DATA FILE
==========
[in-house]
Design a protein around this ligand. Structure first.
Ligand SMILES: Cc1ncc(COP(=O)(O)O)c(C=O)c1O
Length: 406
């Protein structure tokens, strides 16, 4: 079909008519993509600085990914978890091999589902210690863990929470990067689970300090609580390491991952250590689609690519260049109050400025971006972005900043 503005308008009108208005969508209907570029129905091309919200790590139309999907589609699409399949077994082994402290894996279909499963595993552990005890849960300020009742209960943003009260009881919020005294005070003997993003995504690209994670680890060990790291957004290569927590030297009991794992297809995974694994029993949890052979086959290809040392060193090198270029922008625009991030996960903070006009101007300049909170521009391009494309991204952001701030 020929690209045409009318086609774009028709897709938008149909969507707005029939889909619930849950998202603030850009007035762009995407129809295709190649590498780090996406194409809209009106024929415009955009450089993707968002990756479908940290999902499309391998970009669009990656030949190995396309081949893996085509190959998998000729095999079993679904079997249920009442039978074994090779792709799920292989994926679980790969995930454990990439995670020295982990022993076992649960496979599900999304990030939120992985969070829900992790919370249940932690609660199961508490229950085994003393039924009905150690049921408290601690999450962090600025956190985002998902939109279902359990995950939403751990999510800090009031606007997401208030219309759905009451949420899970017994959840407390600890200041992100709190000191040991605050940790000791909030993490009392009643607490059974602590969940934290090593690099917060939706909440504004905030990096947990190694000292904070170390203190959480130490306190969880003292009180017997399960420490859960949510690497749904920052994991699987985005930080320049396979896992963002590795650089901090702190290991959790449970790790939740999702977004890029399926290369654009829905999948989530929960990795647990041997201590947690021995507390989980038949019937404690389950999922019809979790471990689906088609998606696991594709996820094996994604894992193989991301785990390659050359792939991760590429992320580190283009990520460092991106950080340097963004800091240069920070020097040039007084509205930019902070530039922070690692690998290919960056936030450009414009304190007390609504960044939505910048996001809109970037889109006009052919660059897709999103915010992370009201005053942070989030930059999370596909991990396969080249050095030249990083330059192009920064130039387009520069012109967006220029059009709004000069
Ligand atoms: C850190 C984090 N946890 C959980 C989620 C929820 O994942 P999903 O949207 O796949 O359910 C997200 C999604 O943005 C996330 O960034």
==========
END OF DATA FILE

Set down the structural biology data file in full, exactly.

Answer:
[in-house]
Design a protein around this ligand. Structure first.
Ligand SMILES: Cc1ncc(COP(=O)(O)O)c(C=O)c1O
Length: 406
């Protein structure tokens, strides 16, 4: 079909008519993509600085990914978890091999589902210690863990929470990067689970300090609580390491991952250590689609690519260049109050400025971006972005900043 503005308008009108208005969508209907570029129905091309919200790590139309999907589609699409399949077994082994402290894996279909499963595993552990005890849960300020009742209960943003009260009881919020005294005070003997993003995504690209994670680890060990790291957004290569927590030297009991794992297809995974694994029993949890052979086959290809040392060193090198270029922008625009991030996960903070006009101007300049909170521009391009494309991204952001701030 020929690209045409009318086609774009028709897709938008149909969507707005029939889909619930849950998202603030850009007035762009995407129809295709190649590498780090996406194409809209009106024929415009955009450089993707968002990756479908940290999902499309391998970009669009990656030949190995396309081949893996085509190959998998000729095999079993679904079997249920009442039978074994090779792709799920292989994926679980790969995930454990990439995670020295982990022993076992649960496979599900999304990030939120992985969070829900992790919370249940932690609660199961508490229950085994003393039924009905150690049921408290601690999450962090600025956190985002998902939109279902359990995950939403751990999510800090009031606007997401208030219309759905009451949420899970017994959840407390600890200041992100709190000191040991605050940790000791909030993490009392009643607490059974602590969940934290090593690099917060939706909440504004905030990096947990190694000292904070170390203190959480130490306190969880003292009180017997399960420490859960949510690497749904920052994991699987985005930080320049396979896992963002590795650089901090702190290991959790449970790790939740999702977004890029399926290369654009829905999948989530929960990795647990041997201590947690021995507390989980038949019937404690389950999922019809979790471990689906088609998606696991594709996820094996994604894992193989991301785990390659050359792939991760590429992320580190283009990520460092991106950080340097963004800091240069920070020097040039007084509205930019902070530039922070690692690998290919960056936030450009414009304190007390609504960044939505910048996001809109970037889109006009052919660059897709999103915010992370009201005053942070989030930059999370596909991990396969080249050095030249990083330059192009920064130039387009520069012109967006220029059009709004000069
Ligand atoms: C850190 C984090 N946890 C959980 C989620 C929820 O994942 P999903 O949207 O796949 O359910 C997200 C999604 O943005 C996330 O960034």